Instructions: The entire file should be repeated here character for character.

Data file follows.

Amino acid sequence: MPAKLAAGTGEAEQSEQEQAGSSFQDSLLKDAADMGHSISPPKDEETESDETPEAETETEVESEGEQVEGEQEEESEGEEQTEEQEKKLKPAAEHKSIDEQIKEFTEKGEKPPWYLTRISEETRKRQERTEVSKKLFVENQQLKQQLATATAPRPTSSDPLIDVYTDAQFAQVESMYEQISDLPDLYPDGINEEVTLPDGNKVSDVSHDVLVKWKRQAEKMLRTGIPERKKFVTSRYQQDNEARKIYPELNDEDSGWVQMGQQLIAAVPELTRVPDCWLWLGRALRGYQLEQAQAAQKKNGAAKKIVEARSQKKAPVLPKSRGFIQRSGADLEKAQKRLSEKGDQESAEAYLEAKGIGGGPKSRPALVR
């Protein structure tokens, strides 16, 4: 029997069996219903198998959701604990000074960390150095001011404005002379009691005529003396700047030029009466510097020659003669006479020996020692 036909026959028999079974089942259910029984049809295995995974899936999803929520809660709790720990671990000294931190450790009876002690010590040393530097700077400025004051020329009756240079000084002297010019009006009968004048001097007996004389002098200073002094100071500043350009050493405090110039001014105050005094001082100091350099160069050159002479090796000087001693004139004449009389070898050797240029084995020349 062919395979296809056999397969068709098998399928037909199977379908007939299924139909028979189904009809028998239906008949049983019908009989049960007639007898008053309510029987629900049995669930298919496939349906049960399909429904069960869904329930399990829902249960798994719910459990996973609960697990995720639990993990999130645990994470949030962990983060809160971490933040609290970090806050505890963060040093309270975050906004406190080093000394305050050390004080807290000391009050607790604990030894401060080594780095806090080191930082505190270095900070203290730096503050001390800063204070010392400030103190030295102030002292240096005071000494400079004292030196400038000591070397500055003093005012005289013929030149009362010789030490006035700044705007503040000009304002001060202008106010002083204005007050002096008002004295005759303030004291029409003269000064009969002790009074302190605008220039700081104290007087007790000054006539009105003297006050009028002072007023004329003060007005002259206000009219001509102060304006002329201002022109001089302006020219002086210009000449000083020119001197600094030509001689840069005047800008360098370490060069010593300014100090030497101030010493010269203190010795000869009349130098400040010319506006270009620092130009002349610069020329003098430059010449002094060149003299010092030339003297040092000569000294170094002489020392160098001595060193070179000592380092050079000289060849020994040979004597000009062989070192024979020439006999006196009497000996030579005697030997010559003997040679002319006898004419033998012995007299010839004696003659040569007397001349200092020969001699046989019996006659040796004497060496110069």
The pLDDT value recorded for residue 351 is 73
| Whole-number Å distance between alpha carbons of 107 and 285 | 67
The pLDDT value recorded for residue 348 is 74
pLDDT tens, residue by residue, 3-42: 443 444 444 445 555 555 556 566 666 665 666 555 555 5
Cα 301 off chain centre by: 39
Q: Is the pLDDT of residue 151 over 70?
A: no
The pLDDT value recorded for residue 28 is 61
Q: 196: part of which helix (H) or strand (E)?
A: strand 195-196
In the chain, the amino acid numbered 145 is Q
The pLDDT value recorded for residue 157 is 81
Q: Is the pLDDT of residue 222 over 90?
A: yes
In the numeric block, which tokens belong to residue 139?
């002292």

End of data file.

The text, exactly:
Amino acid sequence: MPAKLAAGTGEAEQSEQEQAGSSFQDSLLKDAADMGHSISPPKDEETESDETPEAETETEVESEGEQVEGEQEEESEGEEQTEEQEKKLKPAAEHKSIDEQIKEFTEKGEKPPWYLTRISEETRKRQERTEVSKKLFVENQQLKQQLATATAPRPTSSDPLIDVYTDAQFAQVESMYEQISDLPDLYPDGINEEVTLPDGNKVSDVSHDVLVKWKRQAEKMLRTGIPERKKFVTSRYQQDNEARKIYPELNDEDSGWVQMGQQLIAAVPELTRVPDCWLWLGRALRGYQLEQAQAAQKKNGAAKKIVEARSQKKAPVLPKSRGFIQRSGADLEKAQKRLSEKGDQESAEAYLEAKGIGGGPKSRPALVR
């Protein structure tokens, strides 16, 4: 029997069996219903198998959701604990000074960390150095001011404005002379009691005529003396700047030029009466510097020659003669006479020996020692 036909026959028999079974089942259910029984049809295995995974899936999803929520809660709790720990671990000294931190450790009876002690010590040393530097700077400025004051020329009756240079000084002297010019009006009968004048001097007996004389002098200073002094100071500043350009050493405090110039001014105050005094001082100091350099160069050159002479090796000087001693004139004449009389070898050797240029084995020349 062919395979296809056999397969068709098998399928037909199977379908007939299924139909028979189904009809028998239906008949049983019908009989049960007639007898008053309510029987629900049995669930298919496939349906049960399909429904069960869904329930399990829902249960798994719910459990996973609960697990995720639990993990999130645990994470949030962990983060809160971490933040609290970090806050505890963060040093309270975050906004406190080093000394305050050390004080807290000391009050607790604990030894401060080594780095806090080191930082505190270095900070203290730096503050001390800063204070010392400030103190030295102030002292240096005071000494400079004292030196400038000591070397500055003093005012005289013929030149009362010789030490006035700044705007503040000009304002001060202008106010002083204005007050002096008002004295005759303030004291029409003269000064009969002790009074302190605008220039700081104290007087007790000054006539009105003297006050009028002072007023004329003060007005002259206000009219001509102060304006002329201002022109001089302006020219002086210009000449000083020119001197600094030509001689840069005047800008360098370490060069010593300014100090030497101030010493010269203190010795000869009349130098400040010319506006270009620092130009002349610069020329003098430059010449002094060149003299010092030339003297040092000569000294170094002489020392160098001595060193070179000592380092050079000289060849020994040979004597000009062989070192024979020439006999006196009497000996030579005697030997010559003997040679002319006898004419033998012995007299010839004696003659040569007397001349200092020969001699046989019996006659040796004497060496110069």
The pLDDT value recorded for residue 351 is 73
| Whole-number Å distance between alpha carbons of 107 and 285 | 67
The pLDDT value recorded for residue 348 is 74
pLDDT tens, residue by residue, 3-42: 443 444 444 445 555 555 556 566 666 665 666 555 555 5
Cα 301 off chain centre by: 39
Q: Is the pLDDT of residue 151 over 70?
A: no
The pLDDT value recorded for residue 28 is 61
Q: 196: part of which helix (H) or strand (E)?
A: strand 195-196
In the chain, the amino acid numbered 145 is Q
The pLDDT value recorded for residue 157 is 81
Q: Is the pLDDT of residue 222 over 90?
A: yes
In the numeric block, which tokens belong to residue 139?
């002292």